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When I was little, maybe five or six, I knew that a cheetah was an ape. I also knew that a cheetah was a spotted cat, the fastest land animal. For a long time, both facts existed without collision, because one of them was true at home, and the other was true at school. Eventually I noticed the contradiction and figured out that the incorrect fact came from the Johnny Weissmuller Tarzan movies.

I tried to tell my dad, who was the one who liked the Tarzan movies. (My dad is not a native speaker of English, but I didn't realize that that was relevant. I knew his first language was Spanish, but I didn't really understand that. I remember not being able to understand why he hadn't been teased about his name, which was Joaquín.
"Didn't kids call you Joaquín Walking Down The Street?"
"No, because where I grew up, that would have been said, 'Joaquín, caminando por la calle'. It isn't funny."
Did not compute.)

Anyway, I tried to tell him that a cheetah was a cat, and he said no, a cheetah was a monkey, and I said I used to think that, because Tarzan called his friend Cheetah, but "Cheetah" was just Cheetah's name. The kind of animal he was was a chimpanzee. And my dad said no, a chimpanzee was a different kind of monkey, bigger than a cheetah, almost as big as a man. And I went away and thought. How did I know that a cheetah was a cat, given that some people said one thing and some said the other? Books! I realized. All the books said that a cheetah was a cat. So I got Volume C of the World Book Encyclopedia and brought it to my dad. He looked at it, and-- and this was not all that many minutes after our first conversation-- and said, "You see, I was right, a cheetah is a cat."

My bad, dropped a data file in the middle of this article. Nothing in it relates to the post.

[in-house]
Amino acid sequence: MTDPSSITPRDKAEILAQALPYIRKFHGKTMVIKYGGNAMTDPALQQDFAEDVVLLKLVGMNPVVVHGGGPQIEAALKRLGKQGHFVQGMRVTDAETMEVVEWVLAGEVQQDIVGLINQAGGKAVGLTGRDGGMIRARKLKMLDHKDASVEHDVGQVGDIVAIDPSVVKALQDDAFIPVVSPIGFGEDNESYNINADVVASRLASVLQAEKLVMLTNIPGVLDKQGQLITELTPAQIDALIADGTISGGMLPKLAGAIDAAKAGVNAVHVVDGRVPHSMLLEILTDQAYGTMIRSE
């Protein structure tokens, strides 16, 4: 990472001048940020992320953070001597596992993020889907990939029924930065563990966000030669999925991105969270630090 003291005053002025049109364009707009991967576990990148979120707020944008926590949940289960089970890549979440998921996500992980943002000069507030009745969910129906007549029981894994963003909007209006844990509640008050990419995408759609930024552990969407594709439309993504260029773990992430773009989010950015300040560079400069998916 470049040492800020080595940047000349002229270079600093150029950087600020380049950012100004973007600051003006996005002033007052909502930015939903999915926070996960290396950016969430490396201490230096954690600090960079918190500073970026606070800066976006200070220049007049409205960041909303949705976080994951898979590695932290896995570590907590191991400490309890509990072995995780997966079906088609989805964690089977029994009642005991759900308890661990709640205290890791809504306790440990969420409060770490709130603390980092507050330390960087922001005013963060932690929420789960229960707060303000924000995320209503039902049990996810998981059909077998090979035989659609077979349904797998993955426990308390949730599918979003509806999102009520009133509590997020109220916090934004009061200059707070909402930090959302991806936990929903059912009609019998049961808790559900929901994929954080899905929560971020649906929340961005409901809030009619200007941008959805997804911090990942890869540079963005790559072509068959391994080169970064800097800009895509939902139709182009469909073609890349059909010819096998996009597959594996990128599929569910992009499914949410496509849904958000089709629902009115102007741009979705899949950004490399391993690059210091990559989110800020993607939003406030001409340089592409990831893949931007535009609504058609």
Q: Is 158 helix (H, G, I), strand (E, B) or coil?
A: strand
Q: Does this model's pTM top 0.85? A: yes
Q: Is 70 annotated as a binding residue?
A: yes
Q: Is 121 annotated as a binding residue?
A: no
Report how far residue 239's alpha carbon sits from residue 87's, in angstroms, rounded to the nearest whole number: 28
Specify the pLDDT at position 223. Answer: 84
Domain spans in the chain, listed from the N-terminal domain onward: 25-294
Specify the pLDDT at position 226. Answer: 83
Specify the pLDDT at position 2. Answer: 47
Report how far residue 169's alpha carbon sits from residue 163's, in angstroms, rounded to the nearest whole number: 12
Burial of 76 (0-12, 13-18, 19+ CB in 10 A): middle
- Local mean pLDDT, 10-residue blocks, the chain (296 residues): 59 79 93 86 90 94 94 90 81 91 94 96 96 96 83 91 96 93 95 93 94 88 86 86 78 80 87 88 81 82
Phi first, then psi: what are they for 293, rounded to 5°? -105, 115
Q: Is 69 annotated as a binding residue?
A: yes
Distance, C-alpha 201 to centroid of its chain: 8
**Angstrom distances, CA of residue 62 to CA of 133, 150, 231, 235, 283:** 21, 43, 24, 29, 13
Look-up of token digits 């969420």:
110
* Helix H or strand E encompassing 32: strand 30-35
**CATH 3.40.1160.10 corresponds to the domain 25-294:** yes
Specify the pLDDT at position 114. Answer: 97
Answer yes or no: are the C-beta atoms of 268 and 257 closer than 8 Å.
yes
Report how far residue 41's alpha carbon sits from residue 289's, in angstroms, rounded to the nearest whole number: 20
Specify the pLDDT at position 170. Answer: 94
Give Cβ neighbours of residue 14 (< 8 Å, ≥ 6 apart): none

"No, daddy, I said a cheetah was a cat. You said a cheetah was a monkey."
"No, you thought a cheetah was a monkey. You said you learned that from the Tarzan movies."
I argued, he yelled at me for being arrogant, for always needing to be right. I ran away crying. He yelled after me that I was crying because I couldn't stand being wrong.

My mother said that what really happened didn't matter: what mattered was that I should have known better than to correct him. Ever. And even if I was sure that I was thinking that a cheetah was a cat when I went to get the book, I couldn't be sure that I hadn't said it the wrong way around. And if I was so smart, why couldn't I learn not to say things to Dad that made him angry?

Well, my dad was always a little bit angry (except when he was very angry) and I was always a little bit afraid (except et cetera), but I have always been stupid about feelings and I never did learn how to avoid setting him off.

I was reminded of this by [ profile] amaebi's observations on conversational rules of correction. Rules are helpful. Rules I can learn.
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This is the view from the house where I used to live with my husband.